MT's Week in 60 Seconds

The best of this week's business news: retail surprise, Wedgwood's demise and a tissue of lies...

Last Updated: 06 Nov 2012

You may have seen occasional suggestions recently that 2009 is likely to be a bit of a rotter, economy-wise. But in the first full week of the New Year, the news from the high street has been surprisingly cheerful: Sainsbury’s was the star of the show, smashing City forecasts with a bumper sales hike, but we also saw impressive figures from pizza delivery chain Domino’s and high street baker Greggs, while John Lewis also had a stonking week. Even high street laggards Debenhams and Next reported better-than-expected sales (albeit they just weren’t as bad as predicted). Only M&S spoiled the party, announcing 1,300 job cuts after a fairly miserable Christmas period.

No party-pooping over at Threadneedle Street, however, where the Bank of England voted to cut interest rates again to a British record low. Those fun-loving japesters on the MPC are just desperate for us to spend our money in the January sales, rather than put it in a boring savings account (prudence is so 2008). To be fair, they had no shortage of economic gloom to worry about: Nationwide said house prices fell at a record rate in 2008, while china-maker Waterford Wedgwood and music retailer Zavvi became the latest firms to call in the administrators (now there’s a good business to be in at the moment).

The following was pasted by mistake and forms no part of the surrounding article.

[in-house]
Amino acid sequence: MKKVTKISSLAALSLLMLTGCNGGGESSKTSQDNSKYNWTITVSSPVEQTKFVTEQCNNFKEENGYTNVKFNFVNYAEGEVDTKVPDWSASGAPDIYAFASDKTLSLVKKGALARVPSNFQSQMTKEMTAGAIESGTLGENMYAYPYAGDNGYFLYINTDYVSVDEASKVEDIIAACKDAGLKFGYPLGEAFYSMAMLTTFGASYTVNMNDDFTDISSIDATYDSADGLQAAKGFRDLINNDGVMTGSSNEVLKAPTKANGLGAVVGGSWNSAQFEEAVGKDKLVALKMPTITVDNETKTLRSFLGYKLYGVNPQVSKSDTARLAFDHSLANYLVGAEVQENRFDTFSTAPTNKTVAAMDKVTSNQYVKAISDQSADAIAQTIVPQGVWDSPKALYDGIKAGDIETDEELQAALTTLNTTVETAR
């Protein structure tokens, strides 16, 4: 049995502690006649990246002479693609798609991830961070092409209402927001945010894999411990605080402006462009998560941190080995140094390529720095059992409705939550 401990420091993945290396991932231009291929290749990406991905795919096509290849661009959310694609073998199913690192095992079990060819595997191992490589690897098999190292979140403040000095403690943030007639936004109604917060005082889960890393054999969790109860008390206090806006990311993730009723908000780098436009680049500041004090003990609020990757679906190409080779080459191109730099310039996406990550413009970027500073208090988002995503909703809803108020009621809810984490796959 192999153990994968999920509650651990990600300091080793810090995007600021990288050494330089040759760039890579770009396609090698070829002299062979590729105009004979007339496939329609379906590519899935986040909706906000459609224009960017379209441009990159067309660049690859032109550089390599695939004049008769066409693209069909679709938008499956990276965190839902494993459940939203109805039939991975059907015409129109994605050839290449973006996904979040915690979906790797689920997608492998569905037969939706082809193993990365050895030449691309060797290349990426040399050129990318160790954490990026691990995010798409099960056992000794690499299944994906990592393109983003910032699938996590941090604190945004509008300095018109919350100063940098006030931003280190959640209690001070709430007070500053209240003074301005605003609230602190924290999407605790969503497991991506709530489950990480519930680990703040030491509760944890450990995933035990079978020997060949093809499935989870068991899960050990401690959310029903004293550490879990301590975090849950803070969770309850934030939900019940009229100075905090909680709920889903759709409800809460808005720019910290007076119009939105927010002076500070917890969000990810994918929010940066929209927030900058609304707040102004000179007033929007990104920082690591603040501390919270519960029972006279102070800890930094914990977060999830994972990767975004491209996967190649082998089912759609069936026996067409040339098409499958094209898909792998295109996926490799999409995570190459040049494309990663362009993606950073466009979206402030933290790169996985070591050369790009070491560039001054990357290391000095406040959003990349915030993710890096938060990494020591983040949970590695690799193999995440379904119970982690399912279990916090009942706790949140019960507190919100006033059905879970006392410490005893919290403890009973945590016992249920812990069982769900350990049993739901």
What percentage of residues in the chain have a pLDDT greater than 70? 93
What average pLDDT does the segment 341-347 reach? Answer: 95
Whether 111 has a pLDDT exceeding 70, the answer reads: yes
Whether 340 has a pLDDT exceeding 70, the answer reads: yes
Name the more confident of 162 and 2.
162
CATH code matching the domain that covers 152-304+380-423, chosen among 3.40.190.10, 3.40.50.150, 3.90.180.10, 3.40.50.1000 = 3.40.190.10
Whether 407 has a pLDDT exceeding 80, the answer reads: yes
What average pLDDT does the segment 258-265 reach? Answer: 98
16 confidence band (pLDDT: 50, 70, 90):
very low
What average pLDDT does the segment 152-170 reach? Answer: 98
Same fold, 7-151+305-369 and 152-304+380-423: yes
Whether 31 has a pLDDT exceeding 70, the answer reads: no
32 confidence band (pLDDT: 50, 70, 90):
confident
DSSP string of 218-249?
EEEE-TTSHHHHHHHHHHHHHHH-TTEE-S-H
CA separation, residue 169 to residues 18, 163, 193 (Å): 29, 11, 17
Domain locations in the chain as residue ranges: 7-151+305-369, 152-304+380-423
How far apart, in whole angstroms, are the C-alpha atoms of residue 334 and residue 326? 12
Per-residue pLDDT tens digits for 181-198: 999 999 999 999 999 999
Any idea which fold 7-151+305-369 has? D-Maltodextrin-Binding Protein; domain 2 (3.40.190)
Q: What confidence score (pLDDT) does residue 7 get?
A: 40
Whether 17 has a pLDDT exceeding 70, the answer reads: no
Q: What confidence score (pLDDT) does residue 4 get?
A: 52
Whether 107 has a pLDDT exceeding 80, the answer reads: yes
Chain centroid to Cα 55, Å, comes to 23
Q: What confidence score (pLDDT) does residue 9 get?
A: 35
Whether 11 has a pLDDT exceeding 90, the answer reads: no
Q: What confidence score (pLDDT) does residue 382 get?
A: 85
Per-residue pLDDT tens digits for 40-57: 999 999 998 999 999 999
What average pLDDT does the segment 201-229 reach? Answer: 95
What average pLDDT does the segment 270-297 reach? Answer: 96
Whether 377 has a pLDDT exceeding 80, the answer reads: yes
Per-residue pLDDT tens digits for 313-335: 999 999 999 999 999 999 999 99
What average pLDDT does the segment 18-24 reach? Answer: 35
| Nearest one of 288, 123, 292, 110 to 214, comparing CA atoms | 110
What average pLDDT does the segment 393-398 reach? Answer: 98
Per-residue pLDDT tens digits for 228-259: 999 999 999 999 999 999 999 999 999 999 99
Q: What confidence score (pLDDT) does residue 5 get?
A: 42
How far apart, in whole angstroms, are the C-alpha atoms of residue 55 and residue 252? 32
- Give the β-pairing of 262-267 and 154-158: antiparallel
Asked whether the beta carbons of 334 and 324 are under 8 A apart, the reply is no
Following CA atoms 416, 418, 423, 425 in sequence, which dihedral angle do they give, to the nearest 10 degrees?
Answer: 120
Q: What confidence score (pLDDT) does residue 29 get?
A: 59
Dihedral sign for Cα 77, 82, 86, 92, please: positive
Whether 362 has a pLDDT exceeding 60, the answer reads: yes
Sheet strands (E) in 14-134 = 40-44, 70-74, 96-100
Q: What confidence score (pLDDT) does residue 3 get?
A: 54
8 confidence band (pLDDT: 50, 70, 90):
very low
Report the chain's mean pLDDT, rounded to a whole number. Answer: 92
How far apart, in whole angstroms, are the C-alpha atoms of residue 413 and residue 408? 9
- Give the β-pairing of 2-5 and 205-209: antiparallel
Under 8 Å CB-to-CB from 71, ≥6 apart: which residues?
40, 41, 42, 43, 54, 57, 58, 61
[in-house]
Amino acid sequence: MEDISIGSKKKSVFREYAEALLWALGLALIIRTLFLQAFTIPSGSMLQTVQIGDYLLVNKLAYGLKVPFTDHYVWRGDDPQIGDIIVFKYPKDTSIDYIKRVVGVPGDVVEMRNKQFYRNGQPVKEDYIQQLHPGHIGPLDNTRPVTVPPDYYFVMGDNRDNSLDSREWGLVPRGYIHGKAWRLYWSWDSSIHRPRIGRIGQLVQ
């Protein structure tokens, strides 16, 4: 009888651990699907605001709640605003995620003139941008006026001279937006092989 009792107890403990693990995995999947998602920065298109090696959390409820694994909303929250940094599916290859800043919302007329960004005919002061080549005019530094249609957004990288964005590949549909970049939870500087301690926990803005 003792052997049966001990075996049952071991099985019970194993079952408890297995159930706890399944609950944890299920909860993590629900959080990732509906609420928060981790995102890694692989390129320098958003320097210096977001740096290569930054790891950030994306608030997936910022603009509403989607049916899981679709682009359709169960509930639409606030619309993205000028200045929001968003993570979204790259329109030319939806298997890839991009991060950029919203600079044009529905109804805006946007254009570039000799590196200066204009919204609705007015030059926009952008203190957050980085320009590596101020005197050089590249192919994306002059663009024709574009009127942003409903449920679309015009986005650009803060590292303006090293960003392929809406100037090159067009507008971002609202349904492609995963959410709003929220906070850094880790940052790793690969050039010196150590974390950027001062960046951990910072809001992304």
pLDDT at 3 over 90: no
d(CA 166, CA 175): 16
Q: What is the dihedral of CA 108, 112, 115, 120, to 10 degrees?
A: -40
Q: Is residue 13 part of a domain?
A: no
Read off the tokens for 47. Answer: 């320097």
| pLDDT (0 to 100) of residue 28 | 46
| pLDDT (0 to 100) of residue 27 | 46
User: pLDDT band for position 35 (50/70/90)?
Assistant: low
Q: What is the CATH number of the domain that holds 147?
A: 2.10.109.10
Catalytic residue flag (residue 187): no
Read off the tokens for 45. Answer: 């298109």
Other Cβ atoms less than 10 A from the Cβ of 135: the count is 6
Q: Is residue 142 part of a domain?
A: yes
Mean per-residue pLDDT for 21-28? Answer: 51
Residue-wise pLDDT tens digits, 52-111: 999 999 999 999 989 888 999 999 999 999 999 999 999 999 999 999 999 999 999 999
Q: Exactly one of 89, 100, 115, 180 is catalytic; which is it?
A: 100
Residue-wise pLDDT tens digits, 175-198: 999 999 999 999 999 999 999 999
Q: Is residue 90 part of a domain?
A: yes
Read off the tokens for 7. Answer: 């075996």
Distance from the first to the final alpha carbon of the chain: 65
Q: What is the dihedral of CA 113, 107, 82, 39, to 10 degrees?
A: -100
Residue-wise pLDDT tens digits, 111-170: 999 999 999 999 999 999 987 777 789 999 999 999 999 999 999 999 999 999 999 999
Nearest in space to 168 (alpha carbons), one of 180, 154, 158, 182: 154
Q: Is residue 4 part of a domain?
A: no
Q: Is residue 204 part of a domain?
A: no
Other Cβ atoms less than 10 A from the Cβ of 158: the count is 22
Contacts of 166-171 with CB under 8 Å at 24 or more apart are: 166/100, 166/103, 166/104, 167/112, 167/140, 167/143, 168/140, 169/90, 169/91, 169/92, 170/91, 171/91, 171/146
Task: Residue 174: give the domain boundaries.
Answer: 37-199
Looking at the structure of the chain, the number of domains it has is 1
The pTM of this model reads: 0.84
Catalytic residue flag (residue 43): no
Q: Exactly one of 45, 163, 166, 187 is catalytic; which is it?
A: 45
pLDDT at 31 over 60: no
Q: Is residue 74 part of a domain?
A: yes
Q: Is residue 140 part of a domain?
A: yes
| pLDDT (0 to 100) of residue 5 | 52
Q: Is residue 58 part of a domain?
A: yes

Unfortunately not everyone has the same level of job security as restructuring experts. Over in Ireland, Dell sank another tranquiliser dart into the flagging Celtic Tiger by axing 1,900 people at its Limerick plant (presumably it failed to read the CIPD’s warning about the hidden cost of redundancy on Monday), while UK firms warned that things were just as bad on this side of the Irish Sea. Looks like there might be a few people taking advantage of the Church of England’s new redundancy prayers in the coming months. But some things never change: none of this stopped 2.4m people pulling a sickie on Monday...

And it’s not all bad news: some UK industries are still ploughing ahead. Take the high-tech space: Dr. Mike Lynch, the founder of Autonomy, has just come out on top of MT’s annual list of Britain’s Top 100 Entrepreneurs. Check out our brand new microsite at

In today's bulletin:

Happy New Year for John Lewis, Jessops and JD
Foxtons plight provokes Minimal sympathy
Eidos bemoans Lara Croft's unimpressive figures
MT's Week in 60 Seconds
Innovation tips, from YouTube

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